BY JANIE ROSMAN
“Safety first” is and has been Rockland County senior citizen advocate Darlene Dorrney’s mantra. Raising two children, William and Shannon, and allowing them to participate in activities that built their confidence, she had zero tolerance for activities that were unsafe.
Both children became lifeguards in Clarkstown, ensuring swimmers’ safety. William became an Eagle Scout and works in the U.S. Department of Defense protecting his country. Shannon works for Standard and Poor’s.
Active with the Rockland County Village Community (RCVC), which advocates for assisting seniors to stay in their homes for as long as possible, the Chestnut Ridge resident Dorney is an executive board member of the Rockland County AARP. She was previously on Hudson Valley Talk Radio Show and taught senior safety at Long Island University.
“As an active member of RCVC, Darlene has given our group so much key information on important issues,” said Jim Evers, founder of Grassroots Community Service Projects. “She’s like a sponge for soaking up senior housing information, issues and options. As a person, she’s very people oriented and has wonderful rapport with seniors.”
A realtor for Better Homes and Gardens Rand Realty, Dorney’s 2005 accreditation as a Senior Real Estate Specialist® means she helps seniors plan safe living arrangements or find an elder law attorney or an estate planner.
For the past several years, Dorney attempted to bring more senior housing into Rockland by advocating to several county legislators for land in the areas of North Rockland/Clarkstown/Orangetown owned by either the town or the state. Another option for seniors is prefabricated housing near their families.
Updates she receives from the Rockland County Office for the Aging reveal an approximate four-year wait list for affordable housing.
“We do not have a Continuing Care Retirement Community (CCRC) in place whereby a senior can start out 100 percent independent and possibly move to assisted living and/or nursing care if needed without needing to leave the community,” she said. “Change is hard, so let’s minimize the angst.”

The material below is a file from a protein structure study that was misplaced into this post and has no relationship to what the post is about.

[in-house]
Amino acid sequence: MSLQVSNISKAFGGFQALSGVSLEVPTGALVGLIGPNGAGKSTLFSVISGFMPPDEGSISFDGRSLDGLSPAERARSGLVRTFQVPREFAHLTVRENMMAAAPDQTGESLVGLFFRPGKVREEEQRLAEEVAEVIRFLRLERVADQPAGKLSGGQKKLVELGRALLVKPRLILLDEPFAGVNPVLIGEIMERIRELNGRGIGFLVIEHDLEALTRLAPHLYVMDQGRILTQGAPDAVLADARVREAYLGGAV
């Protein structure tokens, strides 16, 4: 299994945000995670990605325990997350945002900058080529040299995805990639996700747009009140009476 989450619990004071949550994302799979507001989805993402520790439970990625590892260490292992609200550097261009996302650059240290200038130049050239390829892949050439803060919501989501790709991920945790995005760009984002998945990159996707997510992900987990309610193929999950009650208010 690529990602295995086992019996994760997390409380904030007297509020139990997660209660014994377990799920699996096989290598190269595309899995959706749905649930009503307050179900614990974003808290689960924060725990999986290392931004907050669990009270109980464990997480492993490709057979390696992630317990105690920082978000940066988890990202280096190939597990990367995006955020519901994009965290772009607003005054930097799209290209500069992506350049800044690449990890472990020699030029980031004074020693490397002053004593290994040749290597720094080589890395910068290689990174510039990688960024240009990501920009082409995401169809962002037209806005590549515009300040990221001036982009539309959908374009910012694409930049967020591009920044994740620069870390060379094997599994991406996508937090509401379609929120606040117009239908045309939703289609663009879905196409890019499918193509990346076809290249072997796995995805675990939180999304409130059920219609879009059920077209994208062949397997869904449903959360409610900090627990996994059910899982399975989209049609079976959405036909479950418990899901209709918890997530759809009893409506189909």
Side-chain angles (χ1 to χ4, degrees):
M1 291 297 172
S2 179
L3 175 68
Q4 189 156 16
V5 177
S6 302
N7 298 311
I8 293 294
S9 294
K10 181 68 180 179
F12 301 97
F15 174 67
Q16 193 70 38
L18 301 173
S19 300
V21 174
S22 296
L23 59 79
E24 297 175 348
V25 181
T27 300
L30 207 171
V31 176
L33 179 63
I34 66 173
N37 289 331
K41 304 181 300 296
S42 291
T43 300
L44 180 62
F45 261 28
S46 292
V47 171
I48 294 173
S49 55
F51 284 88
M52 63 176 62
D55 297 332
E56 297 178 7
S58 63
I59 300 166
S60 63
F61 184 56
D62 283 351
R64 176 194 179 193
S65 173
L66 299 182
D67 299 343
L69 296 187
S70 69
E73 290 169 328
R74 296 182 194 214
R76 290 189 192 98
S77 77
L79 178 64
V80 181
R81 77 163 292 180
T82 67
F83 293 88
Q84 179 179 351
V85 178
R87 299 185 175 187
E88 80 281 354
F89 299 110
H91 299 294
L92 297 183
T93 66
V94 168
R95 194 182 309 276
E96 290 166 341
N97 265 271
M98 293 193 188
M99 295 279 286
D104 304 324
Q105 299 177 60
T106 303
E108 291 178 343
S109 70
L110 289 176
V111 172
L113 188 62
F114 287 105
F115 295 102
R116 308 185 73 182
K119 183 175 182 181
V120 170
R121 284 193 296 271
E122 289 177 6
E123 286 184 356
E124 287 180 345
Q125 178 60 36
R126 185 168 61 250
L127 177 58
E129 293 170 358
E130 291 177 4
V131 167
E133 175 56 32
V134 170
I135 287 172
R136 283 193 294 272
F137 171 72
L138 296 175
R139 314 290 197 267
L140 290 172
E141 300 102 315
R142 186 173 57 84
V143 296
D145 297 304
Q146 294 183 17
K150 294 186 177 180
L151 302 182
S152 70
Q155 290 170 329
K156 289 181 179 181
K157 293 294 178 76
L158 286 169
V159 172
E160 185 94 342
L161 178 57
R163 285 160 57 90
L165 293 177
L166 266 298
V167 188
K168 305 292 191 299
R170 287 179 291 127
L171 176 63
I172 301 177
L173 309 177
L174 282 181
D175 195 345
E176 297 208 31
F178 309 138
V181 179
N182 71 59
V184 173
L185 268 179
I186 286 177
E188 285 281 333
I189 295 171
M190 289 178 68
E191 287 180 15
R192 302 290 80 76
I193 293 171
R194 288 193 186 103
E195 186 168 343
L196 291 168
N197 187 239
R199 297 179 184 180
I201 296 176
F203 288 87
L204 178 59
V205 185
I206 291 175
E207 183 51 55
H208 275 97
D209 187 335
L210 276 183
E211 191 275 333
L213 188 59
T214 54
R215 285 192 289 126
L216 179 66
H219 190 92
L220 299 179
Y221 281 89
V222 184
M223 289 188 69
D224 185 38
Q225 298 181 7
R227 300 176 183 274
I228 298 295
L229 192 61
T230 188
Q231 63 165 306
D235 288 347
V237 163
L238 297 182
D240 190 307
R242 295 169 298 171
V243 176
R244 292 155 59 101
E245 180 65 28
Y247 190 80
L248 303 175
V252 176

Dorney feels accommodations can be made to help seniors remain their safest, like moving the washer and dryer from the basement to the first floor. An increasing number of items on the market can help keep seniors safe, including paints that help with decreasing depth perception for those with macular degeneration or other eye diseases.
While they want to maintain independence, seniors are more prone to falling as they age. According to a 2016 report by the Centers for Disease Control and Prevention, 29 million home falls causing 7 million injuries in 2014 cost Medicare an estimated $31 billion that year.
“The problem is seniors may not know of the safety items available to them, and if they do know about them, they’re still in the mind frame they don’t need them,” Dorney said. Sometimes parents will listen to an outsider more readily than to their children because it’s difficult for a parent to take on a child’s role (such as taking instructions).
For seniors with arthritis or any type of pain or heart disease, walk-in tubs with hydraulic water can provide relief without worry of slipping as with a regular bathtub. “They’ll say, ‘I can’t pay $20,000 for this,’” she said. “There is grant money available, yet when someone says he or she can’t afford it, can they afford not to have it?”
Another suggestion for seniors is a medical pharmaceutical box that alerts seniors and/or their caregivers when it’s time to take their medicine or pills. “I don’t want to generalize since some seniors are alert and don’t need to be reminded; however, this pill box helps keep them organized.”
“Most important is the medi-alert system that can be worn on a wrist or around the neck,” Dorney explained. “When the person is in trouble, he or she presses a button, and someone speaks to them requesting their plight, and the system disseminates a call to 911. An emergency vehicle rushes to the home where there is a combination box outside with a key to enter.”
“Seniors don’t like change, and they don’t know what to do with their belongings when they downsize or that they got from their parents,” she said. Companies like A to Z Estate and Tag Sales, where she assists, “can help them decide what to keep and what to part with.”
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